Post details: Mike's letter about different types of "prophets"


Permalink 01:17:49 am, Categories: Background, By Trent, 1028 words   English (US)

Mike's letter about different types of "prophets"

Mike Wells of Abiding Life Ministries International (ALMI) wrote this to Heather and myself.

Dear: Trent and Heather.
mike wells
Thanks for the note, presently, I am working my way through the interior of Uruguay. I wanted to send you a quick note. I haven't met your friend so I can't really comment on him. But I can tell you my observations and you can, maybe, use them. I have constantly run into Prophets in the course of being a Christian for the last 35 years and generally they fall into one of four categories.
1. The real deal. I love those guys. They are purely Christ centered. They point to Jesus in a Spirit empowered way. They wouldn't let you spend one second talking about them, they are pointing to another-Jesus. These brothers have impacted my life in many ways and many times I can't remember their names as they were consumed with Christ. There are very few of these.
2. False Prophets. I have met only a couple. They were shocking as there were actually speaking on "behalf" of God and leading people away from Jesus and into blatant sin. These fellows have been consistent trouble for me.
3. Those that enjoy the title of Prophet. Africa and India are full of these brothers. They want a title, like an American wants to flash a Ph.D around. They generally do some ministry but want to be set apart. In many ways, I don't really think they have any idea what a Prophet is, it just sounds better than servant. I don't mind these fellows.
4. The neurotic person. This is quite common in the West and these are the "prophets", unfortunately, I have had the most dealing with. They are people that have had heaps of childhood rejection. Everything from a vicious father to no father. Generally they are thinkers and at some point commit suicide of the personality. They don't like who they are in real life, they have had very few successes, and are not the kind of person that people would naturally gravitate to. In short, you wouldn't put them in charge of a company. Mental hospitals have an equal number of people believing they are Jesus as believing they are a Prophet. The whole thing can quickly become psychotic. A psychotic will put the new identity in the hub of the wheel and make every spoke feed it. If you call them a prophet, that proves they are one. If you don't agree that they are a prophet, that proves they are one. Usually, their is an obsession with repentance and revelation. (repentance is only used in the Epistles three times) Revelations is open to nearly any interpretation and the Prophets are hearing God either on a person note for followers or having visions of heaven that really are of no help. I don't discuss with a psychotic, I direct them and therefore refuse to address the obvious, "Why is God tell you about me and God isn't telling me." or "How does the revelation move out of heaven into my home?" I just had a prophet at the conference in Argentina. He is a friend of my interpreter. I told the interpreter, "He introduced himself as a prophet and was calling people to repentance. He will be listening intently to find something I say that will give him an excuse to cut out of the meetings and accuse me." Well, it took four days as the conferences was all about Jesus and I admitted to my failed thinking. I could see him becoming uncomfortable as his obsession with being someone was moving his new identity of being a prophet out of the center. His wife was sunk in the despair of half brain washed and half with the realization that something was wrong with her husband. In the end, he bolted with an obscure complaint and telling that he had to get on in the truth or repentance. Basically, these are rejected people that have found a form of Christian religion to impose on followers and they have never had a follower up to that point. They need followers to validate their existence and to keep the follower on the hook, they dispense "secretes" slowly. If questioned or starting to feel abandoned, they will give the day or the Lord's coming a day Jesus doesn't know. They have a deep self-hatred. I am just giving you the text book cases. I have seen the Lord break through and get people out of varieties of psychosis. The psychotic prophet only sees two options. Remain a prophet or move back to being a rejected nobody. The goal is for them to see a third option, they can become a child of God and glory in the Christ that dwells within.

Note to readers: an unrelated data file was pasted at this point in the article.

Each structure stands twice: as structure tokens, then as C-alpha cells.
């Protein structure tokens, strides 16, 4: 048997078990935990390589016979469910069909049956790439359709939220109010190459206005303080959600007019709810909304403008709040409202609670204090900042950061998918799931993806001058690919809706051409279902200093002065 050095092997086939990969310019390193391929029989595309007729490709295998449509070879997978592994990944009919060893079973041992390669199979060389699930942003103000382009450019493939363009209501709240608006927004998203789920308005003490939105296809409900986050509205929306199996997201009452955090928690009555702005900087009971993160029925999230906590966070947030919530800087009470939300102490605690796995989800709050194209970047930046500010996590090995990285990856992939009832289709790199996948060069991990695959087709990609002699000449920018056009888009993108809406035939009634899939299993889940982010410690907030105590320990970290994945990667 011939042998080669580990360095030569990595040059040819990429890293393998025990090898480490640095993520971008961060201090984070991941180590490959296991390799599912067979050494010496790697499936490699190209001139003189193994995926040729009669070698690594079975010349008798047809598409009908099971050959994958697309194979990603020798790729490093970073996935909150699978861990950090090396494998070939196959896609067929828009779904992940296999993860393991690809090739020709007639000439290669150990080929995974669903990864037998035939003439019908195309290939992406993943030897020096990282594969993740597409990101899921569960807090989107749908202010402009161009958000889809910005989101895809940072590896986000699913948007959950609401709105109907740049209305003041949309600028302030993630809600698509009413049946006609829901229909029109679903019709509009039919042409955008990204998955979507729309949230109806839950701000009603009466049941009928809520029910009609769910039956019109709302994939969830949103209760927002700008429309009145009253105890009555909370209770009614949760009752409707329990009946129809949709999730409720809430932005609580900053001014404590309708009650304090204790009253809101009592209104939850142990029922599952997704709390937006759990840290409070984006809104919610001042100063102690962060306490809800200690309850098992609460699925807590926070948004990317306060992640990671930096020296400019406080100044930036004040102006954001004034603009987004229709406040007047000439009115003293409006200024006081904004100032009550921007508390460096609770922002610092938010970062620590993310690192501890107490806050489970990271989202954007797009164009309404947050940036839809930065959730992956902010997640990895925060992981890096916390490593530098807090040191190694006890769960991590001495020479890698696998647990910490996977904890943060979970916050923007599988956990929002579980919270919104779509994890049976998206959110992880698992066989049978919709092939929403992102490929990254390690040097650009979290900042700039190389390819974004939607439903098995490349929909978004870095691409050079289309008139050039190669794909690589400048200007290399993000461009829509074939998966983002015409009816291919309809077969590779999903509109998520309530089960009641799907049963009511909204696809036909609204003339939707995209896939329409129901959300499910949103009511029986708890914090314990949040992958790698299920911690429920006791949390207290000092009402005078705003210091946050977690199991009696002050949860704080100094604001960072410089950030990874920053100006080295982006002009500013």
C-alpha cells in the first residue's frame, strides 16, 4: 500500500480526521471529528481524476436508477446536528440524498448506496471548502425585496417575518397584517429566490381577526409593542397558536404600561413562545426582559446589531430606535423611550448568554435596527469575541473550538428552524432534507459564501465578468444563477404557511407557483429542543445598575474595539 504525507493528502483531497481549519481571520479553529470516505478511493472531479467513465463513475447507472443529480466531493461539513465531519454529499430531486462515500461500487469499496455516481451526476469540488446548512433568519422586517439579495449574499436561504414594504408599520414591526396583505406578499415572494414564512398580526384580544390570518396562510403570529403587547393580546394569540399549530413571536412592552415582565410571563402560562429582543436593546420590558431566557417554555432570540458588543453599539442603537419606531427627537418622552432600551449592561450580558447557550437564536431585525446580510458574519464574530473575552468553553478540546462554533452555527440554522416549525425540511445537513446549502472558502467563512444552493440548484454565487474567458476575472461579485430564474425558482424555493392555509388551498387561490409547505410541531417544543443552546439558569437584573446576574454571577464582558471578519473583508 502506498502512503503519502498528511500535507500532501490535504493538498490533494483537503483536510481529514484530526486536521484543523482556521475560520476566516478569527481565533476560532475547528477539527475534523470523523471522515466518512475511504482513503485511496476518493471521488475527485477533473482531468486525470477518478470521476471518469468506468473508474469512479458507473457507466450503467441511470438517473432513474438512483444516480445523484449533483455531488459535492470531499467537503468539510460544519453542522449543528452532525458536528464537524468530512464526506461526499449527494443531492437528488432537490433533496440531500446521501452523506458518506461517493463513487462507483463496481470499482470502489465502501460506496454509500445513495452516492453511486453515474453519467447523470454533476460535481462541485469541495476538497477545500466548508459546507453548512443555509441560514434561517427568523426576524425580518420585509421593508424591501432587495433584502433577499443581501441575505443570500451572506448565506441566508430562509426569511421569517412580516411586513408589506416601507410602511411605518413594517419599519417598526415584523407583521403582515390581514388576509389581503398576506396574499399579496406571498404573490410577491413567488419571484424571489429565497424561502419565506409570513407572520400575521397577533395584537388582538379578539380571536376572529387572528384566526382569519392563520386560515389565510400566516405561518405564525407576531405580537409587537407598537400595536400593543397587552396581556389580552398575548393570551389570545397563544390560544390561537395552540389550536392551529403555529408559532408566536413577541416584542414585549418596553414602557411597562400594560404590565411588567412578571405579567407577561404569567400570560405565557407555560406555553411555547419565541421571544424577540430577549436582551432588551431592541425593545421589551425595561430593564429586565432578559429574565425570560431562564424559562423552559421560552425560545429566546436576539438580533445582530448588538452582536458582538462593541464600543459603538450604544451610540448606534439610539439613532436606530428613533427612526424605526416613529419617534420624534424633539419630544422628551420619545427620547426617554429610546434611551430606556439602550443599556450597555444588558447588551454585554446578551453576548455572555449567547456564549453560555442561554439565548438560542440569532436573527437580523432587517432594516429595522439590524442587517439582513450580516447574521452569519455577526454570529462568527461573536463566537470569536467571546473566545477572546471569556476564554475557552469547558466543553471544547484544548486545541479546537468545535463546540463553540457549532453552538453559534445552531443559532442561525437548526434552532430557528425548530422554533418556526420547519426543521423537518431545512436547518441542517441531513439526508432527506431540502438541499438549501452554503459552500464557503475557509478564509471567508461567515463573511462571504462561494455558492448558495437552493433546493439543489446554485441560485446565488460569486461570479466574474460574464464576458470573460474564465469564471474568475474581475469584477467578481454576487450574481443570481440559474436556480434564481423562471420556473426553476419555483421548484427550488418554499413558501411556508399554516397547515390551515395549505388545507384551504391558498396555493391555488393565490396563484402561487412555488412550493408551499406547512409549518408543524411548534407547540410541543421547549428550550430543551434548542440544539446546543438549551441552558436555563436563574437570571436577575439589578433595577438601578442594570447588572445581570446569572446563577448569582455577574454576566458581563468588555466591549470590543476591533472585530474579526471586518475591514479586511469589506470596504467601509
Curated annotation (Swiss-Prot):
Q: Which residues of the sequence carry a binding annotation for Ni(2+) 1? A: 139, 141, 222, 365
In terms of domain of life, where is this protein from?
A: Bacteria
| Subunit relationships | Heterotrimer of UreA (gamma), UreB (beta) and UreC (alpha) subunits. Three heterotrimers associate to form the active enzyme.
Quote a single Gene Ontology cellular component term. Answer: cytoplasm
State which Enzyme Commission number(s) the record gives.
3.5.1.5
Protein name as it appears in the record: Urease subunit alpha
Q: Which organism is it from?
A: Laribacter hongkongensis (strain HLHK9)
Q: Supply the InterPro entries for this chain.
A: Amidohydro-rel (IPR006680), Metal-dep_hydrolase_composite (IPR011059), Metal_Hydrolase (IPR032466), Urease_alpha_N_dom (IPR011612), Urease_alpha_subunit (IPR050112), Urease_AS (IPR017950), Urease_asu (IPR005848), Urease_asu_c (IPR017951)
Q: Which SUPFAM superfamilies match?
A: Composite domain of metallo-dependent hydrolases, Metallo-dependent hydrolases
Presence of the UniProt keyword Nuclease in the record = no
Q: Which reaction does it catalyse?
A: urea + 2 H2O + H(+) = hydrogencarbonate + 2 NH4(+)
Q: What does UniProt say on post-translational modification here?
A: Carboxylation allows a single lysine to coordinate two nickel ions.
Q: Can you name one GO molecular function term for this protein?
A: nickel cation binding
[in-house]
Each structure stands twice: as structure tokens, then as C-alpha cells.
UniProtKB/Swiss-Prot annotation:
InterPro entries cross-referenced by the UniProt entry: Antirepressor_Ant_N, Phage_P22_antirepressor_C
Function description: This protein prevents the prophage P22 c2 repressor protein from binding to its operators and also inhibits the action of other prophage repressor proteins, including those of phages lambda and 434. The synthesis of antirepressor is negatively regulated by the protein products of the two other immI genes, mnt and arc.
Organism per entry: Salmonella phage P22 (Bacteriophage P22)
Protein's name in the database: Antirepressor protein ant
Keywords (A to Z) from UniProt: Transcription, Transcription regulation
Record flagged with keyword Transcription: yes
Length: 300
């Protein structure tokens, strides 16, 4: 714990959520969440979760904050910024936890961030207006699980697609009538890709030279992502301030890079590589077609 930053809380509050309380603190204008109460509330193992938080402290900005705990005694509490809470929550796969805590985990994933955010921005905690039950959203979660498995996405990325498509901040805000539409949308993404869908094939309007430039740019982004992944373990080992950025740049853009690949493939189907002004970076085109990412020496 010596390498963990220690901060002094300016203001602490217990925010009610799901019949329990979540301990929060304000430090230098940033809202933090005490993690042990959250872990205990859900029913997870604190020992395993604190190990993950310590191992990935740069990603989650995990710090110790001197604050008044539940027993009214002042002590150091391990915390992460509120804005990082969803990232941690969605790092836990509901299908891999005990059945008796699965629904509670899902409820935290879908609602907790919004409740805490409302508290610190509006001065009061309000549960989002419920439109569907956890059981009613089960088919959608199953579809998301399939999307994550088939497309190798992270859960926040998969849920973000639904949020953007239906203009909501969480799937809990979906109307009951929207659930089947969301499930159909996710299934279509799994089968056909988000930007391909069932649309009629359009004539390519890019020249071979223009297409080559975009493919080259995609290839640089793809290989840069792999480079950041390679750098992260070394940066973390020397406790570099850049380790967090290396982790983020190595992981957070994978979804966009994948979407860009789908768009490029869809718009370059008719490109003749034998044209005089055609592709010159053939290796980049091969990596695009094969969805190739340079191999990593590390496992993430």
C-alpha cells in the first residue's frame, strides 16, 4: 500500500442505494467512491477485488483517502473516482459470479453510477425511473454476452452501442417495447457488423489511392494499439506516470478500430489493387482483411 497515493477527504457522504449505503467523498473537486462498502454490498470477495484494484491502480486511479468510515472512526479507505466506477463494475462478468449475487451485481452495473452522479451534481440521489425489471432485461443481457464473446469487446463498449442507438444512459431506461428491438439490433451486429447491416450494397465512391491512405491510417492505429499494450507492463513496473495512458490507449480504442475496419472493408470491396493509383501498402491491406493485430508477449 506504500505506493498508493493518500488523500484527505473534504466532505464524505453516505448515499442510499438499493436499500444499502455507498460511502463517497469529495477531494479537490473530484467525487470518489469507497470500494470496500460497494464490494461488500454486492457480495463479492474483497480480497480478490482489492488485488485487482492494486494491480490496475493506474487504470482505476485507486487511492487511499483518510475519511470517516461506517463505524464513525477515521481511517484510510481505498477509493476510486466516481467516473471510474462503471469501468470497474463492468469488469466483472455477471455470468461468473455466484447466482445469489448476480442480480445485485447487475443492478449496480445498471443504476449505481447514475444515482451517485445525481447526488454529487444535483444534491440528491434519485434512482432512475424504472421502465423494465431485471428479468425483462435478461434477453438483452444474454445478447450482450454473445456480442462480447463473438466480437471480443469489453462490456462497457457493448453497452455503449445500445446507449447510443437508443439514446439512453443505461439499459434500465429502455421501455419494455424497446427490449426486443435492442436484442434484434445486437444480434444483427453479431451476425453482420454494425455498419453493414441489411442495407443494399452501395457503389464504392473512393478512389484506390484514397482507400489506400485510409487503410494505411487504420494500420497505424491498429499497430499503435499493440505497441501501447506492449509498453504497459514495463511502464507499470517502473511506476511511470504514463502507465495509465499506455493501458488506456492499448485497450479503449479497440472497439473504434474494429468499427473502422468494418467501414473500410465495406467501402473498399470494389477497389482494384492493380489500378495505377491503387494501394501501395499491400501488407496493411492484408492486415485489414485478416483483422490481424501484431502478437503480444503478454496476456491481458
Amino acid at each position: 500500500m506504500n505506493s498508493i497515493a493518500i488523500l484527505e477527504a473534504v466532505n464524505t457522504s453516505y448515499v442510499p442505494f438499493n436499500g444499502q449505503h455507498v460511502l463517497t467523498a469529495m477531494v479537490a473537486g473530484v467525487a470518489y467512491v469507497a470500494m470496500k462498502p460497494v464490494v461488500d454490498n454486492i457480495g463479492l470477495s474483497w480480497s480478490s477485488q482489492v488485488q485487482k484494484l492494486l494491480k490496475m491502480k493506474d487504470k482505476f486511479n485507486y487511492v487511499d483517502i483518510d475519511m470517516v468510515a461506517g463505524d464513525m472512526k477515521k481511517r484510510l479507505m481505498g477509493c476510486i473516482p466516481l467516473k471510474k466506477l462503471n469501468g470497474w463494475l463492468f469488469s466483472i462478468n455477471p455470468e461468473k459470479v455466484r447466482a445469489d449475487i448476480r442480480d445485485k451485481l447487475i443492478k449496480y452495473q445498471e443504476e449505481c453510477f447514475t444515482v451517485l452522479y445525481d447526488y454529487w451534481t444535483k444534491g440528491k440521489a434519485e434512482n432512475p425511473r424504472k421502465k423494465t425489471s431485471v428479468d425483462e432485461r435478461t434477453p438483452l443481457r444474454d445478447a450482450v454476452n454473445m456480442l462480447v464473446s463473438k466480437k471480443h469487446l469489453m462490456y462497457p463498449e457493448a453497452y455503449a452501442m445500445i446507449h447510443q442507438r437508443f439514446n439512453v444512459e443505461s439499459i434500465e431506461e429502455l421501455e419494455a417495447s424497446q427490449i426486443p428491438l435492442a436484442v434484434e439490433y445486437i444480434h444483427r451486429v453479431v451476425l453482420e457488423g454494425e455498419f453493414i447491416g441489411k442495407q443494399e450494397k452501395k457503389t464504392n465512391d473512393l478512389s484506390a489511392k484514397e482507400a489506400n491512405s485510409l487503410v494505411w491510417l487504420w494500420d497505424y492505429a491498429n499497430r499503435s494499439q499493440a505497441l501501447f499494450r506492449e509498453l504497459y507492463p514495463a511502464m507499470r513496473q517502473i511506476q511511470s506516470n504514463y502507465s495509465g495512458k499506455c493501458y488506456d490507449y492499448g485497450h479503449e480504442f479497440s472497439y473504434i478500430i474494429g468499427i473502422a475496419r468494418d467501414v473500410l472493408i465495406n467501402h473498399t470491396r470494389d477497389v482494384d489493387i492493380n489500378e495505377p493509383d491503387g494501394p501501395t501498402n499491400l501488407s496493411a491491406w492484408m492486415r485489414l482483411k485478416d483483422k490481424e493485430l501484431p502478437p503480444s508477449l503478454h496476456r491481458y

OK, that's my experience and again, I am not making any judgments about your friend as I have never meet him.

Finally, you are both special, you both have Christ in you. What man will add to that? If the brother is a Prophet, he will keep pointing you to Jesus in practical ways that work out in the exact expression of Matthew 5,6, and 7. He will point you to the "how" of I Cor. 13. If he is a Prophet, he will be thrilled and encouraged if you went on, deeper into Christ on your own. I would encourage you in all these things. Sometimes we keep one commandment and break ten others. Don't break the command to love and respect, to forgive, to ask for forgiveness, to remember the covenant that you have with each other (not a contract). Let nothing come between you. Nothing. I know prophets (real ones, again, I don't know this brother) and they would move you away from themselves to Christ.

Love you,


Thanks Mike! Looks like for every 1 prophet that God sends, there are bound to be dozens if not hundreds of so-called prophets that God hasn't sent. The hallmark of the few sent prophets is their obsession with pointing all to Jesus. You probably already knew these things, but like I've said before: "I've been delivered from the fear of repetition."

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